Jackson Dodds & Company Inc. Tree & Plant Health Care Gets Homeowners Ready for Spring

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Jackson Dodds of Jackson Dodds & Company Inc.

Jackson Dodds of Jackson Dodds & Company Inc. Photo by Steven Kotz.

By Stephen J. Kotz

If you want to catch Jackson Dodds, the owner of the landscaping company of the same name, sitting still, you’ll have to move quickly.

After a long and tough winter, Mr. Dodds said he is anticipating a very short window this spring to prune storm-damaged trees, clean up and prepare gardens for the season, repair damage to driveways and curbs caused by snowplows, and get irrigation systems up and running, all jobs his full-service company handles.

“Everybody is going to be really busy,” he said of the trade in general during an interview in his Southampton office. “So if you want to get on the schedule, don’t wait a month because we’re going to have a really condensed season.”

Every spring seems to bring a different challenge, said Mr. Dodds. Last year, it was damage from Hurricane Sandy. This year, ‘it’s been a brutal winter, and the deer damage is obscene,” he said. “A lot of deer-resistant plant material has been completely defoliated.”

Mr. Dodds, who grew up on what today is the Wolffer Estate Vineyard in Sagaponack, said he always wanted to “work outside” and the East End was one of the few places that offered the opportunity “where you could be a landscaper and still make a living.”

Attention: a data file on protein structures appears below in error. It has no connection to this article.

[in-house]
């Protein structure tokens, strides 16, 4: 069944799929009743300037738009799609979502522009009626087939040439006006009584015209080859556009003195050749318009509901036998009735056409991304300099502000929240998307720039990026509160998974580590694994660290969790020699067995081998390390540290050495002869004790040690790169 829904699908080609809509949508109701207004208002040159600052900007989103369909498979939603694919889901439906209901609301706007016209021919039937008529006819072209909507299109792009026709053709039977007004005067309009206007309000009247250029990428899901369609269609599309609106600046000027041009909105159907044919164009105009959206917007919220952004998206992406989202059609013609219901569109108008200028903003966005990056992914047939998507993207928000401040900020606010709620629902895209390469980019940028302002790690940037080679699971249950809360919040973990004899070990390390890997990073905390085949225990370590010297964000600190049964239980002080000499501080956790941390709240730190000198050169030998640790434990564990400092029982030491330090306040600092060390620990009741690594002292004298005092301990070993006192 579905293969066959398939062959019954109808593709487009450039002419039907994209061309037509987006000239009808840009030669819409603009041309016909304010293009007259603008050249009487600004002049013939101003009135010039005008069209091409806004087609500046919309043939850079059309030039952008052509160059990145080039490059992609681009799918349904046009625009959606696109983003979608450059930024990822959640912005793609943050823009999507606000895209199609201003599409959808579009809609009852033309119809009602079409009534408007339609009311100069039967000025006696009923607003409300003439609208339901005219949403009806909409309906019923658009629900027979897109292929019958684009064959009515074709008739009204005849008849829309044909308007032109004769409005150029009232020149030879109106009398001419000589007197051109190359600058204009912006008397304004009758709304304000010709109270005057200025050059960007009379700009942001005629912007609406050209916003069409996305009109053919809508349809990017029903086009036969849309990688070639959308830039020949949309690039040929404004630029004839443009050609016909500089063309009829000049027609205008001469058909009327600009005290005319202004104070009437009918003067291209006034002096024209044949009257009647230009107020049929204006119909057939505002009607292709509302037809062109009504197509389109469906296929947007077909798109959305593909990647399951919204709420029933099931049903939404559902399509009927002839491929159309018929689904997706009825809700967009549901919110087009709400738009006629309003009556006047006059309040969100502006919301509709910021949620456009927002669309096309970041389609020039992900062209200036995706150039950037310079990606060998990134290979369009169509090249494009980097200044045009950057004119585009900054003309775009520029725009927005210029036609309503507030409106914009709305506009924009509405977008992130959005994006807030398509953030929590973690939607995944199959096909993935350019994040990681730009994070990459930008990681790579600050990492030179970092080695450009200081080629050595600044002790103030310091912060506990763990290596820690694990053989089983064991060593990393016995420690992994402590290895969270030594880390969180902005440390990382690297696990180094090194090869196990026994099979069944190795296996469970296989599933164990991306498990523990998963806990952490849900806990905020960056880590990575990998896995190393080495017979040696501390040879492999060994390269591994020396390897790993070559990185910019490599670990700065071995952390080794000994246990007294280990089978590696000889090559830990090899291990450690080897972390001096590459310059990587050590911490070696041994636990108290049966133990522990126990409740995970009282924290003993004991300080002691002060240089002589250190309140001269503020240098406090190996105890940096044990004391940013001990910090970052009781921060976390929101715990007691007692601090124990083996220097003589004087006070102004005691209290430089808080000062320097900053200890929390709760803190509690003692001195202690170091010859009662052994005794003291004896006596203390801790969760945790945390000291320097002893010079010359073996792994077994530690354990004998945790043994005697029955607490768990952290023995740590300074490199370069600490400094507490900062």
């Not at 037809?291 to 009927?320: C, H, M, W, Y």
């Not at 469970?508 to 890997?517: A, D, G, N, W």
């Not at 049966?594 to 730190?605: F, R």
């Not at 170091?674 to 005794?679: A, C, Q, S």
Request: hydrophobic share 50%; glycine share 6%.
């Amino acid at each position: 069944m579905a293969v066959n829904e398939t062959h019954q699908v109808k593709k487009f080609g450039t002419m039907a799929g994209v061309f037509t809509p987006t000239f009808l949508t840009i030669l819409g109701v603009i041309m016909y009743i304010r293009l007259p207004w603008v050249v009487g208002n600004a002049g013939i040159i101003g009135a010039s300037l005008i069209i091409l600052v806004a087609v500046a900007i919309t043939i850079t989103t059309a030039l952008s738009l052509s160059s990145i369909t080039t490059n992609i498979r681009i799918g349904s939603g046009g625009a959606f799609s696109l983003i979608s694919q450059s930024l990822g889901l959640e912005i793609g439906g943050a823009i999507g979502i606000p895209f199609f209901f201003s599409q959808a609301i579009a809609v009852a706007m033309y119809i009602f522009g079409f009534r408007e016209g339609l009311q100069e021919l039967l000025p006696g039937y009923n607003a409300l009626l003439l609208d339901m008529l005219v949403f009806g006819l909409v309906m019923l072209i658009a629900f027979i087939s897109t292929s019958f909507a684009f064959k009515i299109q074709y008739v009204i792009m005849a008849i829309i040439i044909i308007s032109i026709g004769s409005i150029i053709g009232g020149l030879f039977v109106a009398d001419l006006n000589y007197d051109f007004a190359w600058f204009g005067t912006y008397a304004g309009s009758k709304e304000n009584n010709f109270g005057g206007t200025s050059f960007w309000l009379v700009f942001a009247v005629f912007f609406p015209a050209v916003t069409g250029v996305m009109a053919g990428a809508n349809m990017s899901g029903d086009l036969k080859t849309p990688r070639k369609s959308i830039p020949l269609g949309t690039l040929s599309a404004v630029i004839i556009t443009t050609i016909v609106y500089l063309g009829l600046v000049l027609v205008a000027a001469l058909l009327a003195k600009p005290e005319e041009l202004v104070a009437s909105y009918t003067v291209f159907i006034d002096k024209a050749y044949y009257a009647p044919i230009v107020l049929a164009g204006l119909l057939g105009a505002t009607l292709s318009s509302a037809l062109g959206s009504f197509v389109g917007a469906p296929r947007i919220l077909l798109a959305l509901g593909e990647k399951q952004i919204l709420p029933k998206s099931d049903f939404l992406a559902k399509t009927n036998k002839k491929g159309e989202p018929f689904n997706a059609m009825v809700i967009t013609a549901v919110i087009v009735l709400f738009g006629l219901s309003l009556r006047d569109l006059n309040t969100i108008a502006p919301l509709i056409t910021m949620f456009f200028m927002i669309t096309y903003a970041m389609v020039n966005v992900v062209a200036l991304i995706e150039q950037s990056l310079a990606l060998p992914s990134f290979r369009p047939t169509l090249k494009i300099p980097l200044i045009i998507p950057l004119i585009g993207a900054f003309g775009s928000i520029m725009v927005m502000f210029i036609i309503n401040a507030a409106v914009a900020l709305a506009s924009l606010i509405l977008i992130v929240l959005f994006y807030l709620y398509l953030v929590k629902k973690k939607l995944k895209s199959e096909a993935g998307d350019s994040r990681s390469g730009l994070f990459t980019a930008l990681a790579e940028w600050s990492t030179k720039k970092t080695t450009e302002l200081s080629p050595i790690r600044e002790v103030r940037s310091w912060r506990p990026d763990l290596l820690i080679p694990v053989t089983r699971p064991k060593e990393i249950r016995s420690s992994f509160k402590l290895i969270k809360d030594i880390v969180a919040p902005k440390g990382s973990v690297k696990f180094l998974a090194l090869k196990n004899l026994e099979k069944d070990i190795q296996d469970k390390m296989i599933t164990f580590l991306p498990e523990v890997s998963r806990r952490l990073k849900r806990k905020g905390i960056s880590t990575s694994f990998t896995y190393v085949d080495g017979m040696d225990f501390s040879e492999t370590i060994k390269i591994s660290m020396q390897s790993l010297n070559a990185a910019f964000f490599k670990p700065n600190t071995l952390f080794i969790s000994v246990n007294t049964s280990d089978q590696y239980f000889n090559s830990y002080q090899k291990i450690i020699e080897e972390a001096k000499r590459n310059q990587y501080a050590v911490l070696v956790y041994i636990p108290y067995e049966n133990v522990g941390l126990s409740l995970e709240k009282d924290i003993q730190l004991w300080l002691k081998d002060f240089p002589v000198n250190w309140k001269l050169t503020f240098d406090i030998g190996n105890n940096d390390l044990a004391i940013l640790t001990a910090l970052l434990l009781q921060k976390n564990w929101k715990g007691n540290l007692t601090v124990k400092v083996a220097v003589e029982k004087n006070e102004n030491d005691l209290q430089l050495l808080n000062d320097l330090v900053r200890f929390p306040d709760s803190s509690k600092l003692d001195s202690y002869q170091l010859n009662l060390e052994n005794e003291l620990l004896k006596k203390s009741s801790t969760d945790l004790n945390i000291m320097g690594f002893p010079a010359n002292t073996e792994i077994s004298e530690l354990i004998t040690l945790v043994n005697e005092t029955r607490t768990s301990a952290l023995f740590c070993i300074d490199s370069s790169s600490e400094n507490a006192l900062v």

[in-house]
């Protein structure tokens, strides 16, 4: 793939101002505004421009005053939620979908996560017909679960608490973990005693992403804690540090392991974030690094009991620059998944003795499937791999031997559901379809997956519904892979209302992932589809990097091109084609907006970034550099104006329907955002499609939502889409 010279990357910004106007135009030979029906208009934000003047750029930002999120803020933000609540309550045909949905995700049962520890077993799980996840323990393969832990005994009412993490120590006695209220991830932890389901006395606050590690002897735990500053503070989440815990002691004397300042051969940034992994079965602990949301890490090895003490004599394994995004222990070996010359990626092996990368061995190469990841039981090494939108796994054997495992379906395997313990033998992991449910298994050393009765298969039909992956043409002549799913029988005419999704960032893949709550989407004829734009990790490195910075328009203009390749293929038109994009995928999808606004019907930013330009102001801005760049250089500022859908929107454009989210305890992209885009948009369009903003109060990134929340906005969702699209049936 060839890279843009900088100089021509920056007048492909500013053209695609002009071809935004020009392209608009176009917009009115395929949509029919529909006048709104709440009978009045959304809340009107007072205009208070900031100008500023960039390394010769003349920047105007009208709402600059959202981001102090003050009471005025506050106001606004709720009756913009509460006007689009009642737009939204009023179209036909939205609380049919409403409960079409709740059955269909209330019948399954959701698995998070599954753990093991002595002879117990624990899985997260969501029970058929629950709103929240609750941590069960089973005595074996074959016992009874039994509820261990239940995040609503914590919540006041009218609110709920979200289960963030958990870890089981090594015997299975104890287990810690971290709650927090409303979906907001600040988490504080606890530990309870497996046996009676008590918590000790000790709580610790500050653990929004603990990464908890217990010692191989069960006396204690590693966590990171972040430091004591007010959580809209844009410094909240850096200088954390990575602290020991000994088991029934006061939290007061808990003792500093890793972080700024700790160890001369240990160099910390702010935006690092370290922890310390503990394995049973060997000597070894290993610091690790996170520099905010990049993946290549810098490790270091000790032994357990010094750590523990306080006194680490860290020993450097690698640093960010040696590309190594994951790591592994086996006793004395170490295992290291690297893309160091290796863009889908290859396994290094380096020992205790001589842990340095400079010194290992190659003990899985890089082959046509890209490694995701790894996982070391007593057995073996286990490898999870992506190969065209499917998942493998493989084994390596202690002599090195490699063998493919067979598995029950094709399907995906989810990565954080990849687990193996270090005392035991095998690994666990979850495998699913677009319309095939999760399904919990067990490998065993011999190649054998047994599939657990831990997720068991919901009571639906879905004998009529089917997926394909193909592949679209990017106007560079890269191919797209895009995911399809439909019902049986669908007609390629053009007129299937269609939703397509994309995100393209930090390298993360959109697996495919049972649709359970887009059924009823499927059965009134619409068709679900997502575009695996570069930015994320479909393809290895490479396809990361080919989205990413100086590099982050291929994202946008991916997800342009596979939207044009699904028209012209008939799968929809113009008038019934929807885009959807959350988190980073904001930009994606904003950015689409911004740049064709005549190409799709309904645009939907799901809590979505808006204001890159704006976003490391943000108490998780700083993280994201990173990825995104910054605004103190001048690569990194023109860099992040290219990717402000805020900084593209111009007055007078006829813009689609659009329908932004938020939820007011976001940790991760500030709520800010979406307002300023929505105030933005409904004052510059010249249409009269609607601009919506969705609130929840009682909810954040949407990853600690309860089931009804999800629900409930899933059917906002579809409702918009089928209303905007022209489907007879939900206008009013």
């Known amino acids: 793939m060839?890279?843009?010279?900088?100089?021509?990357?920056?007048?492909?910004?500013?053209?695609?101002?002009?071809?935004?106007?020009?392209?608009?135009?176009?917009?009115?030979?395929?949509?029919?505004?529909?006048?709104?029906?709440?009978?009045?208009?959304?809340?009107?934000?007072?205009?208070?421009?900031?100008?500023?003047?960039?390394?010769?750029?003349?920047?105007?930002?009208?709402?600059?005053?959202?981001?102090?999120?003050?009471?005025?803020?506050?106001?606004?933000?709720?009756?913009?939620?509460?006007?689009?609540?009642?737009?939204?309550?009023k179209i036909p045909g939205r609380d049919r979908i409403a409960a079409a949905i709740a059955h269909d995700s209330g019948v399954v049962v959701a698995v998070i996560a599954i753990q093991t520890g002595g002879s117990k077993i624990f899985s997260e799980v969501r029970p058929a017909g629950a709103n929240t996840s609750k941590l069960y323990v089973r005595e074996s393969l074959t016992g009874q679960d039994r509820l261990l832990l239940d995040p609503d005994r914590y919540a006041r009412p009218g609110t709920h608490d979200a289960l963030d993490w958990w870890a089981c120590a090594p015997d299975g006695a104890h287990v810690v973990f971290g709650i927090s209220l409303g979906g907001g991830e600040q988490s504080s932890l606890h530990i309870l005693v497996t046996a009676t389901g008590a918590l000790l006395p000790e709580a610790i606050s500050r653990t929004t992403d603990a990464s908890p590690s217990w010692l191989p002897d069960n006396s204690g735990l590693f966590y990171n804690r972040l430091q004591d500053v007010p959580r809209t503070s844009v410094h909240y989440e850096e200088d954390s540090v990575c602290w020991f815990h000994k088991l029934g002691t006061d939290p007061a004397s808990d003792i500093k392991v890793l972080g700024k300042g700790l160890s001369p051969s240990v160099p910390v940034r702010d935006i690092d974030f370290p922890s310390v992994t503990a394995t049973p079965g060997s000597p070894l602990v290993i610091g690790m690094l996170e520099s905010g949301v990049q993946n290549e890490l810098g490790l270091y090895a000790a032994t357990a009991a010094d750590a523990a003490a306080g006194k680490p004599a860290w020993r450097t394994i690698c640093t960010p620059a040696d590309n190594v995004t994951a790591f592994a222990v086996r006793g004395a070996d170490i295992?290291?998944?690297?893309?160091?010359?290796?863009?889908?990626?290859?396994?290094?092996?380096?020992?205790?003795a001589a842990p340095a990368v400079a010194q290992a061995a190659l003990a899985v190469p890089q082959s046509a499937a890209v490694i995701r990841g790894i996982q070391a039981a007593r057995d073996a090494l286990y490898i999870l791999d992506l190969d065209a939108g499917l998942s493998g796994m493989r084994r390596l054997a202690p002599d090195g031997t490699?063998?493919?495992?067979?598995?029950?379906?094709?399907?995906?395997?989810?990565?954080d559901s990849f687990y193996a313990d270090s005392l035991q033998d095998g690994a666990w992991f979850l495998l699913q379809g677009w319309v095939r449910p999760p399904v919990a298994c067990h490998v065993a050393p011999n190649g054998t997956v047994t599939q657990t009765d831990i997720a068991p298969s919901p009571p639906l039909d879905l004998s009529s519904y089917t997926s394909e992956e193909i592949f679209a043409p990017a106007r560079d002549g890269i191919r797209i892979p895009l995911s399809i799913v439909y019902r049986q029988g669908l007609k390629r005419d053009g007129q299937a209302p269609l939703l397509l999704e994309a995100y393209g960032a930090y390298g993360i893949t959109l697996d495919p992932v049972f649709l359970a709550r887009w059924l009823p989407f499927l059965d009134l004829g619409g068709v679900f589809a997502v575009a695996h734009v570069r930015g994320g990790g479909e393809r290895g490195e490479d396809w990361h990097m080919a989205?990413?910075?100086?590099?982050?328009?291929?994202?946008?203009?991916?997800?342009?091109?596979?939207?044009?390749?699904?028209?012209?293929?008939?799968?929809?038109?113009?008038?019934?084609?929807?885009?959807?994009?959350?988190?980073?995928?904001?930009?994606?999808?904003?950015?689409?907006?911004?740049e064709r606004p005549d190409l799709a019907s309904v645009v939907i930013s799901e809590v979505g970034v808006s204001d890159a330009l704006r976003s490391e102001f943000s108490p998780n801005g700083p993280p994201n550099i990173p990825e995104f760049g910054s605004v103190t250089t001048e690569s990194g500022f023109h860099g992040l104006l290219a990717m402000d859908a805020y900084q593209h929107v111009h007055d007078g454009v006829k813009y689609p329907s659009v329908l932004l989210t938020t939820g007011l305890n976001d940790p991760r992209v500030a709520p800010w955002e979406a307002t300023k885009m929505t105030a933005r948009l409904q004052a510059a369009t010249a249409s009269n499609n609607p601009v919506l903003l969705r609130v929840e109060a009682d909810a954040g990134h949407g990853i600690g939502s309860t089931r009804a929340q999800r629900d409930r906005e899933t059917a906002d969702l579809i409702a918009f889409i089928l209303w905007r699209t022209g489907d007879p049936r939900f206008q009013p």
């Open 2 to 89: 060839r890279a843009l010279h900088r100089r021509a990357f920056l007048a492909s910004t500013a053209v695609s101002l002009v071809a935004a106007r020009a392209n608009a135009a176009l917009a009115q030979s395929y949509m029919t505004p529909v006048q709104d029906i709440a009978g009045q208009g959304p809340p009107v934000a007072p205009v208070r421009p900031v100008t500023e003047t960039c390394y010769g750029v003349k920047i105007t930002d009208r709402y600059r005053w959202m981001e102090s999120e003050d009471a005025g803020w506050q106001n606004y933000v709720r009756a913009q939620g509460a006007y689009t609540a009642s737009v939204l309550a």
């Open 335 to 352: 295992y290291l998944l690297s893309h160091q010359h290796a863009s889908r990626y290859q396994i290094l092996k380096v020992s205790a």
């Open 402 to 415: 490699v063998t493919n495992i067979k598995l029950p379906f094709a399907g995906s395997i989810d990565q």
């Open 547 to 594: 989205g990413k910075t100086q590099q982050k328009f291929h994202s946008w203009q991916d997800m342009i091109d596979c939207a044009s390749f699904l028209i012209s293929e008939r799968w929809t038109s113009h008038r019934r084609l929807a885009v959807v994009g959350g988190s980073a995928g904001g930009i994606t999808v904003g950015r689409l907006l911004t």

“I started dragging brush right of high school,” after landing a job with Ray Smith and Associates 19 years ago, where he was soon made a partner, Mr. Dodds said, adding that he was proud that he was the youngest certified arborist in New York State at age 18 and today is the vice president of the Long Island Arboricultural Association.

Mr. Dodds attended both Alfred State College and the State University of New York at Delhi before later completing his education at Farmingdale State College, where he received degrees in landscape design and turf management with a minor in business. “Farmingdale is a great school on Long Island for horticulture,” Mr. Dodds said.

Three years ago, he made the break to form his own company. Today, Jackson Dodds and Company has 14 employees, spread over four divisions, landscape design and installation, tree pruning and removal, irrigation and lawn care and planting.

During his career, Mr. Dodd said he has seen everything, including a trend that started in the mid-1990s before pausing for a few years when the economy tanked in 2007: the removal of full-size specimen trees from one property to be planted on another property, where the homeowner wants an instantly mature landscape.

“They say, ‘the first year it sleeps, the second year it creeps and the third year it leaps,’” Mr. Dodd said about tree transplants, although he quickly added that mature trees sometimes take a couple of more years to recover. “The after-care is everything,” he said. “That is where we carve out a niche, watching the plant’s health and care, prepping the soil and feeding.”

And how big are these trees? Last year, Mr. Dodds said his crew used a 110-ton crane to move a tree that had a 108-inch root ball. “Some of my clients move trees like they move furniture,” he said. “Nothing is too big.”

Fruit orchards are another specialty. “Fruit trees require a very specific timing on when you apply fungicide to the leaves,” he said. “You have to do everything to keep the leaf healthy to keep the fruit healthy. If you miss the timing, your fruit turns into a shriveled up prune.”

Mr. Dodd smiles when asked about organic plant care. It doesn’t work on orchards, he said, and the problem with it is “it typically doesn’t give the kind of results people expect out here.”